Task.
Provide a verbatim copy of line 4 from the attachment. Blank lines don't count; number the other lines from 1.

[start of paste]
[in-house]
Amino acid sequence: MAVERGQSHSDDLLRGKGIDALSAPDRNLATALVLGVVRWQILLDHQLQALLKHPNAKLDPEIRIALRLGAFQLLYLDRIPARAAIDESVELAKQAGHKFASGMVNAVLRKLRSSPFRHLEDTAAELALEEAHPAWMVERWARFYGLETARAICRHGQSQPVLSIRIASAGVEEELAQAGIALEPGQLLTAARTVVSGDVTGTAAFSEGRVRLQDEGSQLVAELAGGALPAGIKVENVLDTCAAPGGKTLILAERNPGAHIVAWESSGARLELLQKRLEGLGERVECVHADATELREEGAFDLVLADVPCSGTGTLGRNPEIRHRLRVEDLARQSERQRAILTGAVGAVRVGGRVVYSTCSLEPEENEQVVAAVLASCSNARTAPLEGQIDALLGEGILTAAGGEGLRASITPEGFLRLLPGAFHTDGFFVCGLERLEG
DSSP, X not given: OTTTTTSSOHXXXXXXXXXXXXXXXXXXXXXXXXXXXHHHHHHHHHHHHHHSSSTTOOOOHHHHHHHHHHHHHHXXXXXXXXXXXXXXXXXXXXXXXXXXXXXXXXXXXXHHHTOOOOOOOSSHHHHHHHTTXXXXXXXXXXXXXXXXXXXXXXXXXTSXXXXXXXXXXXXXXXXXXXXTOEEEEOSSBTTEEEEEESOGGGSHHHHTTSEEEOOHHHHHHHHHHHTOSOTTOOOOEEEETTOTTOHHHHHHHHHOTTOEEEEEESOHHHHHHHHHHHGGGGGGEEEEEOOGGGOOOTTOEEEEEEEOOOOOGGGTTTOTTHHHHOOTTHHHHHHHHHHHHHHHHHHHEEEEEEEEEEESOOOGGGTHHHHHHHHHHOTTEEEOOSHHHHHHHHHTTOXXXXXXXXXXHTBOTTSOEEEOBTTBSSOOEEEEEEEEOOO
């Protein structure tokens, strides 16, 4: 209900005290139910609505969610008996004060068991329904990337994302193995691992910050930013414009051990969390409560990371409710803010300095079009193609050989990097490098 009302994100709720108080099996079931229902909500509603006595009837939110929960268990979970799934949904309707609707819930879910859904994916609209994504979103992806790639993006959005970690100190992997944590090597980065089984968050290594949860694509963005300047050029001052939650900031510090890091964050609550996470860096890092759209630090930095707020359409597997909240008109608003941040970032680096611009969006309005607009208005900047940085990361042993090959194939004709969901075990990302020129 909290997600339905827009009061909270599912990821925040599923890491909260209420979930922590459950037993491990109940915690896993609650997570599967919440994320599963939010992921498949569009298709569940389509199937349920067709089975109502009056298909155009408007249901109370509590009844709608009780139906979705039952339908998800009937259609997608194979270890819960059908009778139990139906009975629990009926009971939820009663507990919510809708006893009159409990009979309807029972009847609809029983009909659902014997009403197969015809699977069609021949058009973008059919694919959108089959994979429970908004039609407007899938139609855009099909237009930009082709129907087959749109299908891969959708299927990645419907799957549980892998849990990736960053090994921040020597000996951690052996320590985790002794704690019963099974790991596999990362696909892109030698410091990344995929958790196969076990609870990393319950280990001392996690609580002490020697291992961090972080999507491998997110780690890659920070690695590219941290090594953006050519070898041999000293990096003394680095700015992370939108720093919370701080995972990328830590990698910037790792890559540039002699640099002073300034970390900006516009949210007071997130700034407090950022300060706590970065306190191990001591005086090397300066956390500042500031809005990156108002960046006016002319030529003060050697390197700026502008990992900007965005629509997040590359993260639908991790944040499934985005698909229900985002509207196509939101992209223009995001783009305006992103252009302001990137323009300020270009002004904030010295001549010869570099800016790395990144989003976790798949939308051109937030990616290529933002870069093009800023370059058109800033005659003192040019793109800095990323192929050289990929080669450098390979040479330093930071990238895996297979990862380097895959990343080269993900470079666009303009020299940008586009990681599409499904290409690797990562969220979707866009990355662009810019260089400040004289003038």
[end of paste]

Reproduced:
């Protein structure tokens, strides 16, 4: 209900005290139910609505969610008996004060068991329904990337994302193995691992910050930013414009051990969390409560990371409710803010300095079009193609050989990097490098 009302994100709720108080099996079931229902909500509603006595009837939110929960268990979970799934949904309707609707819930879910859904994916609209994504979103992806790639993006959005970690100190992997944590090597980065089984968050290594949860694509963005300047050029001052939650900031510090890091964050609550996470860096890092759209630090930095707020359409597997909240008109608003941040970032680096611009969006309005607009208005900047940085990361042993090959194939004709969901075990990302020129 909290997600339905827009009061909270599912990821925040599923890491909260209420979930922590459950037993491990109940915690896993609650997570599967919440994320599963939010992921498949569009298709569940389509199937349920067709089975109502009056298909155009408007249901109370509590009844709608009780139906979705039952339908998800009937259609997608194979270890819960059908009778139990139906009975629990009926009971939820009663507990919510809708006893009159409990009979309807029972009847609809029983009909659902014997009403197969015809699977069609021949058009973008059919694919959108089959994979429970908004039609407007899938139609855009099909237009930009082709129907087959749109299908891969959708299927990645419907799957549980892998849990990736960053090994921040020597000996951690052996320590985790002794704690019963099974790991596999990362696909892109030698410091990344995929958790196969076990609870990393319950280990001392996690609580002490020697291992961090972080999507491998997110780690890659920070690695590219941290090594953006050519070898041999000293990096003394680095700015992370939108720093919370701080995972990328830590990698910037790792890559540039002699640099002073300034970390900006516009949210007071997130700034407090950022300060706590970065306190191990001591005086090397300066956390500042500031809005990156108002960046006016002319030529003060050697390197700026502008990992900007965005629509997040590359993260639908991790944040499934985005698909229900985002509207196509939101992209223009995001783009305006992103252009302001990137323009300020270009002004904030010295001549010869570099800016790395990144989003976790798949939308051109937030990616290529933002870069093009800023370059058109800033005659003192040019793109800095990323192929050289990929080669450098390979040479330093930071990238895996297979990862380097895959990343080269993900470079666009303009020299940008586009990681599409499904290409690797990562969220979707866009990355662009810019260089400040004289003038």